— If you missed the last Overzealous Recycling, you can read it here —
We usually save something inspirational for the end of these (not a) newsletters. But Steven Soderbergh has been doing quite a bit of press for the release of his new film, High Flying Bird, on Netflix. (I hope to post a review this coming week.) And in one interview, he responded to his 2001 Academy Award acceptance speech being used by Oscar telecast producers as an example for the ideal acknowledgement for winners.
— Steven Soderbergh talking to Bill Simmons is a fascinating conversation —
If you haven’t seen it, here’s the speech Soderbergh gave upon winning the Academy Award for Best Director. (Traffic was the film that earned him the honor.)
Succinct and to the point. It’s definitely a good example for other Oscar winners to follow. Here’s the key passage, the one which really spoke to me and so many others:
“I want to thank anyone who spends part of their day creating. I don’t care if it’s a book, a film, a painting, a dance, a piece of theater, a piece of music — anybody who spends part of their day sharing their experience with us. I think this world would be unlivable without art, and I thank you.”
This week’s cover photo alludes to Bohemian Rhapsody‘s surprising Golden Globe Awards win for Best Picture – Drama. The voters of the Hollywood Foreign Press Association thought the Queen biopic was better than Black Panther, BlacKkKlansman, A Star is Born and If Beale Street Could Talk. (I haven’t seen Beale Street yet, but hope to take care of that this weekend, now that it’s opened in Asheville.)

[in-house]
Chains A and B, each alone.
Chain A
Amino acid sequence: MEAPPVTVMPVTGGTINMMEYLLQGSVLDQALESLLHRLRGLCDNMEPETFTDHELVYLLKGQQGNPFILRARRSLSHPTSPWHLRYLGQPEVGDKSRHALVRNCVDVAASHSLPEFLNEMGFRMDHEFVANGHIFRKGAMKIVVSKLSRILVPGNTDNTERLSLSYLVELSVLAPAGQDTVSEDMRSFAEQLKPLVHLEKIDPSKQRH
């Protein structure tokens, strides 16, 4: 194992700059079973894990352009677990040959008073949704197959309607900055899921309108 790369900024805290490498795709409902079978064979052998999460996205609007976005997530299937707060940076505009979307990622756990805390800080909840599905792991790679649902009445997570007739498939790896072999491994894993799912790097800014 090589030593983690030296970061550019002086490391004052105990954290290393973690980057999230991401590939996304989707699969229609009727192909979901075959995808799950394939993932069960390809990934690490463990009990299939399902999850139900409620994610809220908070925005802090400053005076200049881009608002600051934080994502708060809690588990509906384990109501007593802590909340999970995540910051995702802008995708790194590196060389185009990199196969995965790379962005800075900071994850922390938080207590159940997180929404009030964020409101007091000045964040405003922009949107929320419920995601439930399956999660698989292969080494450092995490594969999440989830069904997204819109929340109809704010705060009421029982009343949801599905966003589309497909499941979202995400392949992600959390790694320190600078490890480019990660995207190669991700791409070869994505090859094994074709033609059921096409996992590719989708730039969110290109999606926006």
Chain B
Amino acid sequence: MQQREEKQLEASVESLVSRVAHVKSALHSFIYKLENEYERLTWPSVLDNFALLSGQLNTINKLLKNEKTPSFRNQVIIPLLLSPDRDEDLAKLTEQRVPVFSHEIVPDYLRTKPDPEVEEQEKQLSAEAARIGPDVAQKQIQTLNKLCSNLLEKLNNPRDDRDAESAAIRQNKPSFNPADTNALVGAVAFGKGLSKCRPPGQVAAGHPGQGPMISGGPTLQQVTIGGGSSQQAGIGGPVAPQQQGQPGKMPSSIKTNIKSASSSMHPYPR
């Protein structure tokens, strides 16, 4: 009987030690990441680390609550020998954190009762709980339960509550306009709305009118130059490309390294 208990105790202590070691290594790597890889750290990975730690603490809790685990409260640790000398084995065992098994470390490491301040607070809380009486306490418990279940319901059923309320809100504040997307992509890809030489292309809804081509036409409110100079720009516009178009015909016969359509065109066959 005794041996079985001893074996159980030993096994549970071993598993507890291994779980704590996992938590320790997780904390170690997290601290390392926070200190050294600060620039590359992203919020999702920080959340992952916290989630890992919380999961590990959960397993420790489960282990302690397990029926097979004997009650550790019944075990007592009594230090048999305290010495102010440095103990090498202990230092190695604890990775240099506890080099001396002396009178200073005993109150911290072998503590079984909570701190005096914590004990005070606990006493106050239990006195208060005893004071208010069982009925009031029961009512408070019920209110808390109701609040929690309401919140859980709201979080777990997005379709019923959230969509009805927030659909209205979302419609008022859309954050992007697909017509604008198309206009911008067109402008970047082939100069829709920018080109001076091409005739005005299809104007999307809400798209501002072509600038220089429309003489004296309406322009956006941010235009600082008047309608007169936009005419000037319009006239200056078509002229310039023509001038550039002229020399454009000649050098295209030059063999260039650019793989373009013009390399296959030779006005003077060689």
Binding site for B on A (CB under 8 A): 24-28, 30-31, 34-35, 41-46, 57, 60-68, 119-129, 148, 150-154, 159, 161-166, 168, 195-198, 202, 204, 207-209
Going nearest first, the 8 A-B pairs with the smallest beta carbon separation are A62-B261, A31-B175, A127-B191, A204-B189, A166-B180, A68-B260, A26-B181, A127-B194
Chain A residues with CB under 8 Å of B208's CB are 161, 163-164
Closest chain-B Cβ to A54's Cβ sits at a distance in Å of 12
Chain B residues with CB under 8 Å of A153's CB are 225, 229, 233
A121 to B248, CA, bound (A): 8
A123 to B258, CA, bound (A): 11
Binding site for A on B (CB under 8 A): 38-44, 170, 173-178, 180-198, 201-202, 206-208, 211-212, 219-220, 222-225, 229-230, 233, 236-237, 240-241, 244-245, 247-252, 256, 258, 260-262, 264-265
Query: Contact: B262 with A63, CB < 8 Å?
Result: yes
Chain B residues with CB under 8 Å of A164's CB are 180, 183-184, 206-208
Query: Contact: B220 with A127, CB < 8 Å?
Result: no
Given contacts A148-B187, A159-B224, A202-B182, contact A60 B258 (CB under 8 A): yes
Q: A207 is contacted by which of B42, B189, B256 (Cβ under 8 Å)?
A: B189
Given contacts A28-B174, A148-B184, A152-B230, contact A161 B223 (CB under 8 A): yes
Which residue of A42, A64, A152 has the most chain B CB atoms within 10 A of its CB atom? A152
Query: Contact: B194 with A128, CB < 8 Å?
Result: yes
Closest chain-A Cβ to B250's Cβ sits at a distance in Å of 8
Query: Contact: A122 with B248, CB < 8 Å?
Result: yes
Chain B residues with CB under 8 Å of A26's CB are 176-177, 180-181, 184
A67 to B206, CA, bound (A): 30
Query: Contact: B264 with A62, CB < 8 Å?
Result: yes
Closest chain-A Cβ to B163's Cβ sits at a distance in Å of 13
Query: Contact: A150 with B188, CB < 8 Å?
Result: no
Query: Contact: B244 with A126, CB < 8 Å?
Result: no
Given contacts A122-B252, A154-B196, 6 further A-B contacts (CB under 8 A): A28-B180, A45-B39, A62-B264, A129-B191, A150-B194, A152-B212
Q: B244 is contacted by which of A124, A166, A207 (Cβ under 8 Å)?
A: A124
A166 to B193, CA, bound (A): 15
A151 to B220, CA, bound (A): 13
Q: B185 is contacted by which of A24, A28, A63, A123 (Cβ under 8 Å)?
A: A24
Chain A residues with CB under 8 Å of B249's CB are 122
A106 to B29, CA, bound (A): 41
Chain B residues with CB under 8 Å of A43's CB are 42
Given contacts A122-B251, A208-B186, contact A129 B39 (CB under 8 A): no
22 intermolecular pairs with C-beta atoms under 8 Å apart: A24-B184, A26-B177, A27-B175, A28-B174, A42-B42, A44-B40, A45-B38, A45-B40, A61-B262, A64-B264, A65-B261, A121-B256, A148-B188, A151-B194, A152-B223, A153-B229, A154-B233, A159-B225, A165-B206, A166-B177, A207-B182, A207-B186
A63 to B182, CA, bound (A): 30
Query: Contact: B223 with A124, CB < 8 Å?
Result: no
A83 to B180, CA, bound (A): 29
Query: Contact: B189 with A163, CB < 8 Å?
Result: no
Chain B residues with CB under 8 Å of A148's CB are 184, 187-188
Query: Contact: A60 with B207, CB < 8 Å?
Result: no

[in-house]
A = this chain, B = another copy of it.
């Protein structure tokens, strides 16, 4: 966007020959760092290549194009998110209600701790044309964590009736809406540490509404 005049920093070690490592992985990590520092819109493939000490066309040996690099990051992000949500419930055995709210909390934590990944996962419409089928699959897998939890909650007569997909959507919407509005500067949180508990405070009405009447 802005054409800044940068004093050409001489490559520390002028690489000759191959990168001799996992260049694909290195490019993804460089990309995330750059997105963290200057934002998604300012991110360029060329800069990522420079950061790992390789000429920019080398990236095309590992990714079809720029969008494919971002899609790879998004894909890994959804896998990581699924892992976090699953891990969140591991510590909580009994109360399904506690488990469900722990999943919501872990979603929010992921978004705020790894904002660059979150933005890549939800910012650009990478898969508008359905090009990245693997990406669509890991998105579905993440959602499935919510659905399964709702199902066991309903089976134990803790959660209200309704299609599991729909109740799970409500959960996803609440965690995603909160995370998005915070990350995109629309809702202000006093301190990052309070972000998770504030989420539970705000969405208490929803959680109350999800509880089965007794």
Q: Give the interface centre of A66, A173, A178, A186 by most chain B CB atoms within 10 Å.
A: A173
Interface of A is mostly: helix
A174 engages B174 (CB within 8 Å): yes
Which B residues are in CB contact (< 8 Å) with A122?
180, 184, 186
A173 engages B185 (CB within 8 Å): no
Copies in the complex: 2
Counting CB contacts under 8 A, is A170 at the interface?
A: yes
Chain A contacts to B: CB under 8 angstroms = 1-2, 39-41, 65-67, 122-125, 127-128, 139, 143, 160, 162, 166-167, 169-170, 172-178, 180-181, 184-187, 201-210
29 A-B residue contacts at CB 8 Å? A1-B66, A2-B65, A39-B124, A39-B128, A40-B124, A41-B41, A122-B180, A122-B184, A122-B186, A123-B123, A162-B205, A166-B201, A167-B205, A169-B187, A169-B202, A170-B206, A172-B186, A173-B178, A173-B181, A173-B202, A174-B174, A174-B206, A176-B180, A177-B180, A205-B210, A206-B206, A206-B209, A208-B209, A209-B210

Obviously, this is all subjective and awards don’t matter that much, but come on. Bohemian Rhapsody was fun and a testament to the greatness of Queen’s music. But the narrative was a mess and the script played with the facts more than necessary. Yes, the re-enactment of Queen’s 1985 Live Aid performance was tremendous, even more so when you compare it to the real-life footage.
— Bohemian Rhapsody reminds us Queen was great, ignores too much about Freddie Mercury —
This isn’t even a concession to popular tastes. If so, wouldn’t Black Panther have won that award? Maybe the voters just got caught up in the music and Freddie Mercury’s story (regardless of how the movie portrayed it). Or we just chalk this up to being the Golden Globes and winners don’t linger in the memory as they do with the Academy Awards.
But if the award got you to listen to “Bohemian Rhapsody,” “Fat Bottomed Girls,” “We Will Rock You” or “Radio Ga Ga” over the past week, that’s not a bad thing.